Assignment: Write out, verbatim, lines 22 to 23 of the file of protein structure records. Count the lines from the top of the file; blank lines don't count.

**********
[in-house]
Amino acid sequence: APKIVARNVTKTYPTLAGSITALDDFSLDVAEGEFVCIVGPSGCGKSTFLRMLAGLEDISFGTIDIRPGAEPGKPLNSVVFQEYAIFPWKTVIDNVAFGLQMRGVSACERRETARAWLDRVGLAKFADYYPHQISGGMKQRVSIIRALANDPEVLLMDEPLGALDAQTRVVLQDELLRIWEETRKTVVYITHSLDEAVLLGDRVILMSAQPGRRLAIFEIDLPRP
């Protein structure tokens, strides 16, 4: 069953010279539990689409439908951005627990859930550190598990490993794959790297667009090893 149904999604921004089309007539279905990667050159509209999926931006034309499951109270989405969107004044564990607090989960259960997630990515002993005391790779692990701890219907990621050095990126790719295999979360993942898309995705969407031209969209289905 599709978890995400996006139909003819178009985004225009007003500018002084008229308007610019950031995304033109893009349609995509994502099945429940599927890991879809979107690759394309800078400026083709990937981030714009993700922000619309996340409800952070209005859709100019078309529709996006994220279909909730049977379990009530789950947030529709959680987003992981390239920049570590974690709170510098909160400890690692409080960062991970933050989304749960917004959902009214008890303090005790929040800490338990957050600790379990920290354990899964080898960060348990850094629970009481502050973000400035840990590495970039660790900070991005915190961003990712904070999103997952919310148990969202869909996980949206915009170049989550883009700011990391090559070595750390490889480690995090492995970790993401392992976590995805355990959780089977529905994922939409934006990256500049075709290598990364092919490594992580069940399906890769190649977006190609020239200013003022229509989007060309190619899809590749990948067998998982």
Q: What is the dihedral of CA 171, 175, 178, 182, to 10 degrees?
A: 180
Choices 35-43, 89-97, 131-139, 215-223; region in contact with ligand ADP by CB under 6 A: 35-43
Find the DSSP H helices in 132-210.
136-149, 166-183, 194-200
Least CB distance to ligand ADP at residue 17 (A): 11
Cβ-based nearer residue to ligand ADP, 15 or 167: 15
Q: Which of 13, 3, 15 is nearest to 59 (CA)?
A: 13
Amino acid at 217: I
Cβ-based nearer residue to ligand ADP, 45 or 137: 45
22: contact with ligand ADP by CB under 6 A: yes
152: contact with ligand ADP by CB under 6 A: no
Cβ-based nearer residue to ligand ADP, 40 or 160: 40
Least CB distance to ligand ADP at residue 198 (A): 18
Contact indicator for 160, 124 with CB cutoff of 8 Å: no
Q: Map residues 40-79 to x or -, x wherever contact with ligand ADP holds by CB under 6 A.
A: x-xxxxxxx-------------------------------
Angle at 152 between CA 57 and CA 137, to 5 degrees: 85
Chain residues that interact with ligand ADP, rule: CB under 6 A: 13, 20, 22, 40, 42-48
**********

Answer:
Angle at 152 between CA 57 and CA 137, to 5 degrees: 85
Chain residues that interact with ligand ADP, rule: CB under 6 A: 13, 20, 22, 40, 42-48